|Town square - Jihlava on a rainy May morning|
What follows is a brief synopsis of the trip. I had planned to post this article on my other bog site; Paul’s Beer Travels, but as I post stuff rather infrequently on that site, and it consequently gets only a few viewings, I thought it would be better here, on the main blog site.
|Ježek Brewery Restaurant, Jihlava|
However, at the end of the war, and following the Beneš decrees, most German speakers were expelled due to their alleged support for the Nazi occupation of the country. The town was repopulated with Czech and Moravian settlers favoured by the new Communist regime. The influence of the former inhabitants’ lives on, as we discovered, for the second language of most of Jihlava’s citizens is German, rather than English but fortunately there were quite a few amongst our group, myself included, who could speak sufficient German to get by. The absence of our native tongue indicated that visitors to this area from the UK are comparatively rare, and I don’t recall hearing a single English, or for that matter American, voice whilst we were there.
|Urban Brewery - Třebíč|
The town is constructed on a hill, and the remains of the old town walls can clearly be seen in places. Lying beneath Jihlava is an extensive network of underground passages and tunnels, extending for a total of 25 km and occupying an area of some 50, 000 m². Although they are believed to have been excavated during the 14th and 15th Centuries by the silver miners, they are not located in silver-bearing rock. They are believed to have been constructed for a mixture of storage and defensive purposes.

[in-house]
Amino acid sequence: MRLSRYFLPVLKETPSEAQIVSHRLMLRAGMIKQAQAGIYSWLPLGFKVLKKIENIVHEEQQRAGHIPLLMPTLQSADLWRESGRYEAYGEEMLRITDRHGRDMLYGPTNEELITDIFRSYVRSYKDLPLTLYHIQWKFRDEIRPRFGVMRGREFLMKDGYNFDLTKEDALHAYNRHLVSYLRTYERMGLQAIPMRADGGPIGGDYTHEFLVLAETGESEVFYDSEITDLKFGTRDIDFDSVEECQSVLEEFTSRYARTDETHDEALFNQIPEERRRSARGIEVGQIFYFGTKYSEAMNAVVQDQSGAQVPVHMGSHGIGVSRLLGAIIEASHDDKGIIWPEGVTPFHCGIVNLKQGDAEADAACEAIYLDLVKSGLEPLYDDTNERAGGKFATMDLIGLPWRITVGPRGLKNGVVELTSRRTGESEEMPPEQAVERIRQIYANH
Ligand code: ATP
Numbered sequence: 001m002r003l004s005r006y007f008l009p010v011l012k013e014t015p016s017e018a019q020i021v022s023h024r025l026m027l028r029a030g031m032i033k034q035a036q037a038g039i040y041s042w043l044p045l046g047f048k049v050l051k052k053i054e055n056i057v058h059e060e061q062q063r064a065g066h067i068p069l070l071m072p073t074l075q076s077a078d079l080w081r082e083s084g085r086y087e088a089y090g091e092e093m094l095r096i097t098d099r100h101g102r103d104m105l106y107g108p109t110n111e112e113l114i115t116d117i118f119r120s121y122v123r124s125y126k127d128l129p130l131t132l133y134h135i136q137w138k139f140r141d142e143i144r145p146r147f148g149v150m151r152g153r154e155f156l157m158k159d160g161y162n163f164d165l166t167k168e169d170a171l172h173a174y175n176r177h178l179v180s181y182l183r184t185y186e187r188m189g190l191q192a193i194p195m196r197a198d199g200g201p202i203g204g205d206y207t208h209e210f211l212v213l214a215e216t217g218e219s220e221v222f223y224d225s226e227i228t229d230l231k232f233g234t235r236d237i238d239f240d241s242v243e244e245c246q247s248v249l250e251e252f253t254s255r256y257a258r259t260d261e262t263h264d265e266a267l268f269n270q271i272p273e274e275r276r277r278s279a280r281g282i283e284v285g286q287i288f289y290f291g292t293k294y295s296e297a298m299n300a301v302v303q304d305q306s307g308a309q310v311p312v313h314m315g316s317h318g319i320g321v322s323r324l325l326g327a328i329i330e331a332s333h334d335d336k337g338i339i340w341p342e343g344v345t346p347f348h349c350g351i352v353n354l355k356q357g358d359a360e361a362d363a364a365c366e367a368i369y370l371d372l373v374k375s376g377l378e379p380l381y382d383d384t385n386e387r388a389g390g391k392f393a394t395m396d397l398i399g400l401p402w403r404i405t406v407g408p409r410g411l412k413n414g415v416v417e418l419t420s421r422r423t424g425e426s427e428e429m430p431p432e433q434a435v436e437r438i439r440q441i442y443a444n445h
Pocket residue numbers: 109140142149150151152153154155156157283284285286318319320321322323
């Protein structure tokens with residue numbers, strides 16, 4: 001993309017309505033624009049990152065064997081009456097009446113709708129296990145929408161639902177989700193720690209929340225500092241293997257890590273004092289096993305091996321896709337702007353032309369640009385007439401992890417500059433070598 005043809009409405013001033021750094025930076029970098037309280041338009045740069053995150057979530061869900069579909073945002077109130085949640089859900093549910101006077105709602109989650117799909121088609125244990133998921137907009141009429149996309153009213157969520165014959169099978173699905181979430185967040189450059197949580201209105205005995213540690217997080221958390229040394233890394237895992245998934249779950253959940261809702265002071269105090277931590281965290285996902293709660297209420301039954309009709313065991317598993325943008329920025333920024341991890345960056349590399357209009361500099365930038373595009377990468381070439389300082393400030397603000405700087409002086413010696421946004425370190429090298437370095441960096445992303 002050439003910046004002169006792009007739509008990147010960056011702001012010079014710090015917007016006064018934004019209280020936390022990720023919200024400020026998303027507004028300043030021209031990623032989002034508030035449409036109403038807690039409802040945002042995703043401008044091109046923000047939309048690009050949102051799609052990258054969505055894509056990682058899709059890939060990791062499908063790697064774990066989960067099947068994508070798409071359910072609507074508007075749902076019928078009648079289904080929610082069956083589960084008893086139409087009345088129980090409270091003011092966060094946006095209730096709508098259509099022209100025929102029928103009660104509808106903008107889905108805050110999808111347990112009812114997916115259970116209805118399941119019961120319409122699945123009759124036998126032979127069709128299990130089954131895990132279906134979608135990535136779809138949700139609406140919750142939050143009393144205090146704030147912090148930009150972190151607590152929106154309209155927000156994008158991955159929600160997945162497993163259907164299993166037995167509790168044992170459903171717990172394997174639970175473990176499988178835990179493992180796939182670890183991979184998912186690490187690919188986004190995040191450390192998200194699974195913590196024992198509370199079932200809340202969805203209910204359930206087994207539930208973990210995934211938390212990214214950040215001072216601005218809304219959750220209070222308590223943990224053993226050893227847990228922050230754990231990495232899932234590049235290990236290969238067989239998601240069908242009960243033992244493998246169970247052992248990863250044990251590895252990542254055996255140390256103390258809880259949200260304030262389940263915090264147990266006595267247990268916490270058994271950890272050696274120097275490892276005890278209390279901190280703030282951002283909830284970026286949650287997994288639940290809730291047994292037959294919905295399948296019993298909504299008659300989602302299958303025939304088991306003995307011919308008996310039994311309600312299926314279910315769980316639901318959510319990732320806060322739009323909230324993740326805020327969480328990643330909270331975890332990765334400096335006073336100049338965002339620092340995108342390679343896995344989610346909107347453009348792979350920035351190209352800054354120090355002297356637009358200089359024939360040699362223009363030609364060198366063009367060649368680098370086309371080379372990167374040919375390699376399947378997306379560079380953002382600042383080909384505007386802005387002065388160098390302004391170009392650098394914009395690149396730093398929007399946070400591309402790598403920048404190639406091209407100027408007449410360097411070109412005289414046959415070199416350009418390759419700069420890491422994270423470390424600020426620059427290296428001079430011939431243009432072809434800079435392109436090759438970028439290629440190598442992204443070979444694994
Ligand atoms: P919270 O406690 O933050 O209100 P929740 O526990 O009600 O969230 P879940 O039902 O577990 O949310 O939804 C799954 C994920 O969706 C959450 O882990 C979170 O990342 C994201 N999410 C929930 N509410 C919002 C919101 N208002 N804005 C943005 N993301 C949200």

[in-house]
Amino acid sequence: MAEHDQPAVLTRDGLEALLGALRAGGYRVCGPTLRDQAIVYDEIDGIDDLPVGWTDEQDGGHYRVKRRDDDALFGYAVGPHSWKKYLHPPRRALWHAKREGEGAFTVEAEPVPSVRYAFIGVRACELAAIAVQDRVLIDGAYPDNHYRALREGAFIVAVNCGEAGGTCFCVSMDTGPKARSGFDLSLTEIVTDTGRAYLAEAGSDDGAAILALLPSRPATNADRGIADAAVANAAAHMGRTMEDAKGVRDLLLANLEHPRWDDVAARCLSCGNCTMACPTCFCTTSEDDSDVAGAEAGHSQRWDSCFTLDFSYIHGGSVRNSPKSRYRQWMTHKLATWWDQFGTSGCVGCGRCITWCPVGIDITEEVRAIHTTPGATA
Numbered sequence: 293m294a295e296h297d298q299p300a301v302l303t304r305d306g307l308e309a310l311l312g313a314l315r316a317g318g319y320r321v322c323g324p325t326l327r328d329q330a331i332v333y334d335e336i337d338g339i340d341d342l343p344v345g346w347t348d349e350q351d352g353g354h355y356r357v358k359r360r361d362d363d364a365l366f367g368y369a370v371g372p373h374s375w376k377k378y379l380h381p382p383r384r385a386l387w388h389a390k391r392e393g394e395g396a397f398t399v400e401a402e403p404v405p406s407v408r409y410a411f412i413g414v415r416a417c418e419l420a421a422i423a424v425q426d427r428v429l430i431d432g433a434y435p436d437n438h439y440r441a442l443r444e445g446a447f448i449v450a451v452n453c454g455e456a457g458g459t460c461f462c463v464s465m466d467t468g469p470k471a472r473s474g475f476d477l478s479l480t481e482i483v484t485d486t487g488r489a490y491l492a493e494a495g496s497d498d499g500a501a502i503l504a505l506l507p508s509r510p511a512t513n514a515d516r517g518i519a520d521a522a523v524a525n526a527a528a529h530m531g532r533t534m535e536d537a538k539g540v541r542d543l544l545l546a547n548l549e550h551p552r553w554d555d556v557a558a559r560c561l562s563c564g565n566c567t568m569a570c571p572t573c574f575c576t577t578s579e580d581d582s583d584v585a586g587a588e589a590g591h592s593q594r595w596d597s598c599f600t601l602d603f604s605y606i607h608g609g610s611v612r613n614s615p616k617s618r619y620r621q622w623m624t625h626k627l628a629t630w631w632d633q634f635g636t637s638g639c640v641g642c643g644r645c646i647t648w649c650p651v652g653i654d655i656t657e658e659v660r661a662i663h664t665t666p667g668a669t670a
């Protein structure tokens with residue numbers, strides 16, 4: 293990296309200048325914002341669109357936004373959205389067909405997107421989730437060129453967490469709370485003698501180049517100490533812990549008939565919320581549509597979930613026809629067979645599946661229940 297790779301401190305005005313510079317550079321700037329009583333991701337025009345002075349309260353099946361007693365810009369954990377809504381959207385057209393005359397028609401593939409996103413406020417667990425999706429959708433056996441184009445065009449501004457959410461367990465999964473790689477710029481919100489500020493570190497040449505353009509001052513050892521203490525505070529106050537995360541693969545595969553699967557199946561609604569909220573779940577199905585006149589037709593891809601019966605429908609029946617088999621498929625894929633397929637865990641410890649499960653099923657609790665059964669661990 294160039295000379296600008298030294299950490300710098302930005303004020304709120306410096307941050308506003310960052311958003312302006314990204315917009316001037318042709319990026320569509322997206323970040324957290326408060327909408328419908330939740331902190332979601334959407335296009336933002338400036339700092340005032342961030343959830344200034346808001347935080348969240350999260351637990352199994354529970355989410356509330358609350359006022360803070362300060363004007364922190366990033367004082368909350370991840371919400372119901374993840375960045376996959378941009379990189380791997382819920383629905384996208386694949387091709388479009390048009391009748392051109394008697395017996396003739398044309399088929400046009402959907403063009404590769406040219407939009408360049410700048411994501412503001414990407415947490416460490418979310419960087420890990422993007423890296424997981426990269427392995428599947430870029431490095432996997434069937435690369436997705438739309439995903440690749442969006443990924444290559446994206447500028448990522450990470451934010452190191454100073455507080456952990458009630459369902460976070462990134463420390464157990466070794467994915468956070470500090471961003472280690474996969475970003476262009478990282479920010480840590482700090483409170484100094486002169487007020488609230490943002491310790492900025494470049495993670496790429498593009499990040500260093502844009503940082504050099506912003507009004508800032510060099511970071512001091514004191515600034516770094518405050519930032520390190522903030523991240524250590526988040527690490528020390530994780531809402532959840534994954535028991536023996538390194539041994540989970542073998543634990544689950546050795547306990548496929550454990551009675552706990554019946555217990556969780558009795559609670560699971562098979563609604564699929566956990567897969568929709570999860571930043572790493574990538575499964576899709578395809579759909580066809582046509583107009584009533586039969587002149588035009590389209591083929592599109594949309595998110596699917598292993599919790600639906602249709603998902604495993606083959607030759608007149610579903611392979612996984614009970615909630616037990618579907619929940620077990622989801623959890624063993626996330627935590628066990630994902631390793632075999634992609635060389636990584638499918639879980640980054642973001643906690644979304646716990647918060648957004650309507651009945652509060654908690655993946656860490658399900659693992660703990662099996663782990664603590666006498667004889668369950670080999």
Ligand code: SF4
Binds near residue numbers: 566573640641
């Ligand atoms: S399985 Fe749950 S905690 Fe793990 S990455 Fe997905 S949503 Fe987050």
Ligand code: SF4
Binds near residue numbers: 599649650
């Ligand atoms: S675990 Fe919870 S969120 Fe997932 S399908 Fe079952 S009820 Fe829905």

With its good road and rail connections, Jihlava served as a good base for exploring this south-central region of the Czech Republic, and we travelled quite extensively during our three and a half day stay in the town. On our first evening in the town we made the hour and three-quarter long bus trip to Třebíč, which is the second largest town in the region. Here we visited the Podklášterní Pivovar, brew-pub, although from what I saw and have subsequently read, Třebíč itself appears to be a town which is well worth visiting.
On Thursday we switched to rail as our mode of transport, making the two hour journey to Slavonice; once an important staging post on the old coach road between Prague and Vienna, but today a town which time seems to have largely passed by. This was our “cultural day”, as after a brief look around this border town, followed by a slightly longer lunch, we re-boarded the train for a visit to the UNESCO World Heritage town of Telč.
|Main Square - Telč|
The journey back took us through some of the most pleasing countryside I have seen; with rolling hills, dark forests and stretches of verdant green pasture. Numerous fish ponds dotted the landscape, providing fresh fish for the villages we passed through on the way, as we travelled along winding country roads, lined by blossom-laden apple trees. It seemed a shame when the journey ended and we arrived back in Jihlava!
|Typical rural station. Note the stationmaster with his red hat.|
We returned to the station, after our trip round the Chotěboř Brewery, for a lunchtime drink, or three, in the substantial, and popular, station restaurant, before catching the train back to Havlíčkův Brod. This town is home to the Rebel Brewery, and our itinerary included a visit to the brewery restaurant, situated in the centre of Havlíčkův Brod.
The above is just a brief synopsis of our trip, and I intend to write in more detail, later on, about some of the places we visited, the pubs and restaurants we found and, of course, the beers we drank.